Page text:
Of their religion perhaps we do not read so much in the Egla as might be expected. They were still heathens, though
Christianity was prevailing in the countries around. That the Norwegians and Icelanders were familiar with their own
theology and mythology is, however, plain; their knowledge of it is constantly assumed in the poetry. Of priests the
Egilssaga tells us, and of temples, and one great religious gathering isdescribed. There is not much of the marvellous or
supernatural in this Saga: no ghost, as in Grettir's Saga. Some superstitions appear: a belief in magic and spells, in the
force of runes graved rightly or wrongly. Several women are spoken of as possessing magic skill, especially queen
Gunnhilda, who on one memorable occasion exercises all but fatally for Egil her power of shape−changing. There is one
remarkable instance of a solemn spoken and written curse, with very curious accompaniments. But upon the whole little
happens that is beyond fair probability, or that does not spring from natural causes. Although, as we have seen, Egil and
his comrades were not Christians, the Christian faith is incidentally mentioned as prevailing in England, and towards the
end of the Saga we read that Thorstein, Egil's youngest son, became eventually a Christian.
The characters in the Egilssaga are well marked and forcibly drawn. In the house of Kveldulf, old Kveldulf himself,
Thorolf the elder, Skallagrim, Egil, stand forth as real men with characters well−sustained throughout. Outside the family
king Harold is well drawn, the able ruler, generous in much, but suspicious, as a tyrant must needs be. His son Eric is
violent, but weaker, and swayed by his wife Gunnhilda, who is to him somewhat as Jezebel [vi] was to Ahab. Arinbjorn is
perhaps the noblest character in the story, the brave, generous, true friend. But the reader will estimate these and others for
himself; of the hero who gives his name to the Saga a few words will not be out of place. Egil certainly must have been a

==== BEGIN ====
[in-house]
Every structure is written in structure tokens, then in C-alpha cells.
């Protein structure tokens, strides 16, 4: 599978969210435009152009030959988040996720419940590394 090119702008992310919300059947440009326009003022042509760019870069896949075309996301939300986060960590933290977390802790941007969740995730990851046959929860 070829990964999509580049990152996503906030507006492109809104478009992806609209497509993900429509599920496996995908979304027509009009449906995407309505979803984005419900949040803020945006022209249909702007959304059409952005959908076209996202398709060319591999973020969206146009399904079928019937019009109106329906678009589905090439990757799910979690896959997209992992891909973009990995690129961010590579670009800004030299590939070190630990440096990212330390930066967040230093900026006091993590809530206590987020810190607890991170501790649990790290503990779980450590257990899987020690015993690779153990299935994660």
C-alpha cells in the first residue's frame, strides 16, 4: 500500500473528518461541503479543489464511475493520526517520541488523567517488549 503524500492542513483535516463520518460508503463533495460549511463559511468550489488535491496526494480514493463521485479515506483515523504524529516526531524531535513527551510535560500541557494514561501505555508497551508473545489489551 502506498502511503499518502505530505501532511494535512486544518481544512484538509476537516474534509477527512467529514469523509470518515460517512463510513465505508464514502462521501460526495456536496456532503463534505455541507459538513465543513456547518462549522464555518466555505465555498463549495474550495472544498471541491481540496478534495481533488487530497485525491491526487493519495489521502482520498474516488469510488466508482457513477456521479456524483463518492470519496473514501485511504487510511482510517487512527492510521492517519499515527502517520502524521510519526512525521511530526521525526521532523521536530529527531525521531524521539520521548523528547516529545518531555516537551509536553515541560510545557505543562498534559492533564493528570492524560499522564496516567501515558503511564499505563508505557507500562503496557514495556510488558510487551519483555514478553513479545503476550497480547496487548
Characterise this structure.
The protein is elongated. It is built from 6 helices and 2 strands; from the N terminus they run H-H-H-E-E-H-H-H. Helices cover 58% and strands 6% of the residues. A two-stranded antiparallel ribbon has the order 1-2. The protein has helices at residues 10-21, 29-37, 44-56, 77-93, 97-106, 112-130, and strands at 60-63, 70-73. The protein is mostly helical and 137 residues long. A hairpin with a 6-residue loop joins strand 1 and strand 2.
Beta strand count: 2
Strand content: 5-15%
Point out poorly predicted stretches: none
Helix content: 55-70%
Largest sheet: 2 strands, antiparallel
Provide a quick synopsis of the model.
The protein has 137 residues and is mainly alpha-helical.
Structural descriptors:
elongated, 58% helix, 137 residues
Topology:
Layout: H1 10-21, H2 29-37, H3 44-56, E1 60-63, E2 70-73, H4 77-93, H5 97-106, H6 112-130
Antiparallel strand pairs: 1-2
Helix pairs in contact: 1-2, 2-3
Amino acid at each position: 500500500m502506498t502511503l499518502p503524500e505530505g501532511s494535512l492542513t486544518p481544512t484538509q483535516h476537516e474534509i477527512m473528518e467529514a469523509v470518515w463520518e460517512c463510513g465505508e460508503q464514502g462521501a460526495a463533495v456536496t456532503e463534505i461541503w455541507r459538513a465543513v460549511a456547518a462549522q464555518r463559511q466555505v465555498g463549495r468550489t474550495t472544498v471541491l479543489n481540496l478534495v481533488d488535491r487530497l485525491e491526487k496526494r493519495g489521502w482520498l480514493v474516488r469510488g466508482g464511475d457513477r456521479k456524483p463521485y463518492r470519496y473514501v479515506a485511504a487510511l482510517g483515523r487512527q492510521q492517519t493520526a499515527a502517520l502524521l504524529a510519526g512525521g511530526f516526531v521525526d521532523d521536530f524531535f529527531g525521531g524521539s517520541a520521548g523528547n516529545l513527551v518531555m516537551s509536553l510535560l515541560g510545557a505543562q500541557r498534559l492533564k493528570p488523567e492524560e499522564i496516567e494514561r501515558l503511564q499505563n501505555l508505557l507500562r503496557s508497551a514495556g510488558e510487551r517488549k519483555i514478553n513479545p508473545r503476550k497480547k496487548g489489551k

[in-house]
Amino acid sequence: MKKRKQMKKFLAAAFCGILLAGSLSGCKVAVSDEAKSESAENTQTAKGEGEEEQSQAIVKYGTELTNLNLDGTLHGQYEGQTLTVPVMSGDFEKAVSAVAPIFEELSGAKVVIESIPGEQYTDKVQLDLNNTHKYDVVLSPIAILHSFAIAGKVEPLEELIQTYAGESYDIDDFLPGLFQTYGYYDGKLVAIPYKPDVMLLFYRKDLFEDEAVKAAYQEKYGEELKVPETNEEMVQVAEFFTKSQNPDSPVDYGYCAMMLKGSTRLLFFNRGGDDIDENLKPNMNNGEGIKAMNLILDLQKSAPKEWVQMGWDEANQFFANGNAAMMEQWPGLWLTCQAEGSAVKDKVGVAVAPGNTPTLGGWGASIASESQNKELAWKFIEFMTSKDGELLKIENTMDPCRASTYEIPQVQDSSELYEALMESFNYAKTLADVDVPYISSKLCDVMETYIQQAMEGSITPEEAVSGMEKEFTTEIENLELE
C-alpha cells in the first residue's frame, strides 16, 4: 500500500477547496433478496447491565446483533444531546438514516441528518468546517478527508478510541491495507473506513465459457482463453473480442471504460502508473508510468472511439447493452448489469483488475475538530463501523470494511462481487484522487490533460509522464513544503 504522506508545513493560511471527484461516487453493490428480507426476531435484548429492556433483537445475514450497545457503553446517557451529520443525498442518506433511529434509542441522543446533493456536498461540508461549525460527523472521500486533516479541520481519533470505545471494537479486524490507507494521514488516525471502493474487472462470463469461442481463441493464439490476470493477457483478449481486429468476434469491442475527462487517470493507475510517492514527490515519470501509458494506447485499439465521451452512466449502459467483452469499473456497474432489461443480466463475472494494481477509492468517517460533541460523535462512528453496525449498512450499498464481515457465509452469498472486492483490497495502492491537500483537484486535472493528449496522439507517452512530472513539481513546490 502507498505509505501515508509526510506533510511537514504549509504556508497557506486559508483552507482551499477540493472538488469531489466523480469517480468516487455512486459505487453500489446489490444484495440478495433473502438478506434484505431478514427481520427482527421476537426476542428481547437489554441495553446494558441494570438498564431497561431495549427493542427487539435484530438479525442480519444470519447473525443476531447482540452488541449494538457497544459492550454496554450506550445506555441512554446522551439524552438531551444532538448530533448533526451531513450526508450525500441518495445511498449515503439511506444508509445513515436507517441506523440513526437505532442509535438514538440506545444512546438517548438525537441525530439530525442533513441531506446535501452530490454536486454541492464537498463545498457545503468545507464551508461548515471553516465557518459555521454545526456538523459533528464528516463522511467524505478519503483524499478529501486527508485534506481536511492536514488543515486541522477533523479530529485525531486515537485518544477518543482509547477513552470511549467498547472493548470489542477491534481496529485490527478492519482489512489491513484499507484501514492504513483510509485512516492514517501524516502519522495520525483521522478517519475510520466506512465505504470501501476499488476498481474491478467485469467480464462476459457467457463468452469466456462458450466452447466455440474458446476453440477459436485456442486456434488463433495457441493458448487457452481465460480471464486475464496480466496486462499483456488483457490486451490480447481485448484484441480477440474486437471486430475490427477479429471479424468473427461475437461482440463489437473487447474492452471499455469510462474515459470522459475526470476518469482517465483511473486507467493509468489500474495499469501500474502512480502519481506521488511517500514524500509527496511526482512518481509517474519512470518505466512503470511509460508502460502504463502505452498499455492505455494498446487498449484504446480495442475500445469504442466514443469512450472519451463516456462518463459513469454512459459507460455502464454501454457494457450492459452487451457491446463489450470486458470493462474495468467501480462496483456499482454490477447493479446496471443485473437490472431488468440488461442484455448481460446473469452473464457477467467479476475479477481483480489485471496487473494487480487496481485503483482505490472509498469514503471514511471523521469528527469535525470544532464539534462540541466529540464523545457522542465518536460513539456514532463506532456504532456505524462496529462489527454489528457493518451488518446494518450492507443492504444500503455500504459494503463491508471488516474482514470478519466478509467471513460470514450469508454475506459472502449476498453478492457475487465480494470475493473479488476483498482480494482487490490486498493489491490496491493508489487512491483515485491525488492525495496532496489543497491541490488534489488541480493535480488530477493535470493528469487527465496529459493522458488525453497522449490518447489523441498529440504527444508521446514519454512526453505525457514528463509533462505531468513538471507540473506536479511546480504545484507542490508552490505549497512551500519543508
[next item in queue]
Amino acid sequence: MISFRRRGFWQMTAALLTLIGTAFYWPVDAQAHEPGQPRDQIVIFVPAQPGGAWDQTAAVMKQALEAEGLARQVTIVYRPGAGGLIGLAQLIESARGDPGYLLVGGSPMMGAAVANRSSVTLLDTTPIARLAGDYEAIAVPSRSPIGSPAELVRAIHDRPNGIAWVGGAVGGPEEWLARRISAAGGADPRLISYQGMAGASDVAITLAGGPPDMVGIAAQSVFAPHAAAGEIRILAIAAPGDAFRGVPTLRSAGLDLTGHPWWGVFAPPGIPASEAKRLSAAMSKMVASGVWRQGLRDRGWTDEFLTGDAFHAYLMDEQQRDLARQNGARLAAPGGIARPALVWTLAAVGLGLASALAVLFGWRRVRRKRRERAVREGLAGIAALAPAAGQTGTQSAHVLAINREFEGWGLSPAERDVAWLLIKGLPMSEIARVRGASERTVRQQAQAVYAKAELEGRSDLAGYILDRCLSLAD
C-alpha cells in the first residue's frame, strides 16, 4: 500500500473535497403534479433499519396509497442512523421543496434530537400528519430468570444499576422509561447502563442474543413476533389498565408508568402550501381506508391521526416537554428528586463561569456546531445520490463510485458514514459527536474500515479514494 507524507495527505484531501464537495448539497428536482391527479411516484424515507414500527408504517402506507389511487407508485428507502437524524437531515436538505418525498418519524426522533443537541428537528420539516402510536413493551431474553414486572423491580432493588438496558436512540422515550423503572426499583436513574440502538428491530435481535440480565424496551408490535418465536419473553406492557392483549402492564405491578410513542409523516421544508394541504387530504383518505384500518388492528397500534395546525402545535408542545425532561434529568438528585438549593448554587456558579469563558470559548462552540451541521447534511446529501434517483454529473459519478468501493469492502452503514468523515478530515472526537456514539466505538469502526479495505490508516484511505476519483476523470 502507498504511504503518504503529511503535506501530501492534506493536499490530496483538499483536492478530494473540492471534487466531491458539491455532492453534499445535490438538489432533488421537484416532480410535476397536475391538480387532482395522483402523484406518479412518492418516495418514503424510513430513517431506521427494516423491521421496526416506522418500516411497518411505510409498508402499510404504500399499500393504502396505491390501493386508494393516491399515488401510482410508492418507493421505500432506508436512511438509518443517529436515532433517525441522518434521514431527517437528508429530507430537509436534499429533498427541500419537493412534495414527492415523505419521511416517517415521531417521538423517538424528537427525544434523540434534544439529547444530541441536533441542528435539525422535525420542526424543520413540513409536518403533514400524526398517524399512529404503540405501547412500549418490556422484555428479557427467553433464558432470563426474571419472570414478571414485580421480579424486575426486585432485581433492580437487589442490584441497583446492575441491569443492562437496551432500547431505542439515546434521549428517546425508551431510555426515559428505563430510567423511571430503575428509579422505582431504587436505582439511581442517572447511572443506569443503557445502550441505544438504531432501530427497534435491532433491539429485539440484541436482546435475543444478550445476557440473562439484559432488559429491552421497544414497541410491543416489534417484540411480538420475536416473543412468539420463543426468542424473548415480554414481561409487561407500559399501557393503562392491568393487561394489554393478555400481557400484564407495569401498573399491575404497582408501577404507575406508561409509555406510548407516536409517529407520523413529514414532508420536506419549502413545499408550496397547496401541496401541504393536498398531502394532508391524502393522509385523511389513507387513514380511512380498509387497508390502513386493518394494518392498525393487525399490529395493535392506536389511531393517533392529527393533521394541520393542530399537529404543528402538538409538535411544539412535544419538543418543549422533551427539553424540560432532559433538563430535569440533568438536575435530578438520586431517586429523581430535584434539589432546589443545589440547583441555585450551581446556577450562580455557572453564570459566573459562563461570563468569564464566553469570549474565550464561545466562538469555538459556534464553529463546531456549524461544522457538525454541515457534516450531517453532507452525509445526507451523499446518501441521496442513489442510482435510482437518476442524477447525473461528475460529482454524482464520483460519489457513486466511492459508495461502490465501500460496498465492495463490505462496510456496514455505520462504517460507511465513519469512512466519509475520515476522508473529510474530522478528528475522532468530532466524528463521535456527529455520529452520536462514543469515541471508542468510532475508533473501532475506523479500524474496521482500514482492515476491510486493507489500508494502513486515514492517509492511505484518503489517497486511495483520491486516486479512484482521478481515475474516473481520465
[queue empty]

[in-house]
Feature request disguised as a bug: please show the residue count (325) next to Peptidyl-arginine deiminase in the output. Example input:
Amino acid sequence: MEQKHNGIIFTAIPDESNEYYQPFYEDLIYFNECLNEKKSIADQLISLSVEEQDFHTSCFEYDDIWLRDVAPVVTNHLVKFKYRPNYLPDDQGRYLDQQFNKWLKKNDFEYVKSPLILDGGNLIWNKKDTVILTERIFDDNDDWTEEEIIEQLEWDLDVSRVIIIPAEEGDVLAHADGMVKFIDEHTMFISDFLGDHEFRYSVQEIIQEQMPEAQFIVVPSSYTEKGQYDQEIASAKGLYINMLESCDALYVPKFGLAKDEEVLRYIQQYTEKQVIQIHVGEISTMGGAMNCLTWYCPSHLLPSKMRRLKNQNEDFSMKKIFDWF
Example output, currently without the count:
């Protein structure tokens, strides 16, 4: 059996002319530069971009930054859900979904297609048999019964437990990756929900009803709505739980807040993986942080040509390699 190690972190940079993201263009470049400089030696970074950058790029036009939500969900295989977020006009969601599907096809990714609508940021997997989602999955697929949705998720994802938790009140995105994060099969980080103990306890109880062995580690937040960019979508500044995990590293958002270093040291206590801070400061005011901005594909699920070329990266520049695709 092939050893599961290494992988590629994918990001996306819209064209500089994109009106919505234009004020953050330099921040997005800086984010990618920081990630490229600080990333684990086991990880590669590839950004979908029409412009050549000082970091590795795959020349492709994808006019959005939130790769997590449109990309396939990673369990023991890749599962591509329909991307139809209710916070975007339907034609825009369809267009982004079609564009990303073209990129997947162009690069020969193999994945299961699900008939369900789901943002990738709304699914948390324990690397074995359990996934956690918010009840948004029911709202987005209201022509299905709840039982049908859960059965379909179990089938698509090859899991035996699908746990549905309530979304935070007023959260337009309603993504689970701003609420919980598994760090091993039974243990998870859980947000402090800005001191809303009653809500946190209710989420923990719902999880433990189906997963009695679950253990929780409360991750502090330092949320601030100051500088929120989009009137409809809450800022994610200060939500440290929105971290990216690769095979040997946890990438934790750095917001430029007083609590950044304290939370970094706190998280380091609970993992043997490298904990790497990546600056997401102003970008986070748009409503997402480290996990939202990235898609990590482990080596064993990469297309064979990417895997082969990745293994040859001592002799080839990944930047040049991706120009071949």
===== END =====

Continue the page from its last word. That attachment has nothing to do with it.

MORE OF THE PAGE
remarkable man. Strong in body beyond his fllows, he was no less uncommonly gifted in mind, a poet as well as a soldier.
Brave he was even to foolhardiness, yet wary withal and prudent; full of resource in danger, never giving up the game
however desperate; a born leader, liked and trusted by his men. His character has its unpleasant side; he was headstrong,
brutal at times when provoked, determined to have his own way, and overbearing in pursuit of it. Yet there is nothing
mean or little about him; he does not engage in petty quarrels, he helps or hinders kings and great chiefs. He is outspoken
and truthful, and his ire is especially stirred by meanness and falsehood in others. To women he is pleasant and courteous,
as appears on several occasions. For the sake of his friend Arinbjorn and his kin he risks his life more than once.
That the bad points in Egil's character are not screened is surely one proof of the truthfulness of the Saga−writer; a
mere eulogist would have blazoned forth all his hero's noble exploits, but veiled the other side, and hardly would anyone
inventing a fictitious character have put such dark blots in it. But some of Egil's faults were rather those of his time than of
himself. A careful reading of the whole Saga leaves us with a more favourable opinion of Egil than we form at the
beginning of his life. For most readers will (I think) at the first dislike Egil; they will agree with his father Skallagrim and
his elder brother Thorolf, who had not much affection for the boy. But as the story goes on, one cannot but admire his
bravery, his resource, his indomitable resolution, his readiness to face danger, not only for himself, but for others whom
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he really prized.
The Egla contains many wonderfully good descriptive passages of the fjords, sounds, and islands of the North. An
instance is chapter xlv., which relates Egil's first scape from Eric. A most dramatic scene is that where Skallagrim [vii]
goes before king Harold in chapter xxv. So is chapter lxii., where Egil and Arinbjorn are before king Eric Bloodaxe in
York. Very striking is the interview between Egil and his daughter Thorgerdr, after Bodvar's death, in chapter lxxi.
Looking at the vigour and beauty of the style in these and other passages, we agree with the judgment in Thordarson's
preface, that the Egilssaga was put into writing 'in the golden age of Icelandic literature.' And for these excellencies we
must remember to give due credit and admiration to the Saga−writer. For though he was (as is generally believed)
describing real men, real scenes, real characters, yet it is not everyone who, having the matter to hand, can put it together
and express it so well.
About the truthfulness and historical value of the Egla there has been some discussion and difference of opinion. Is it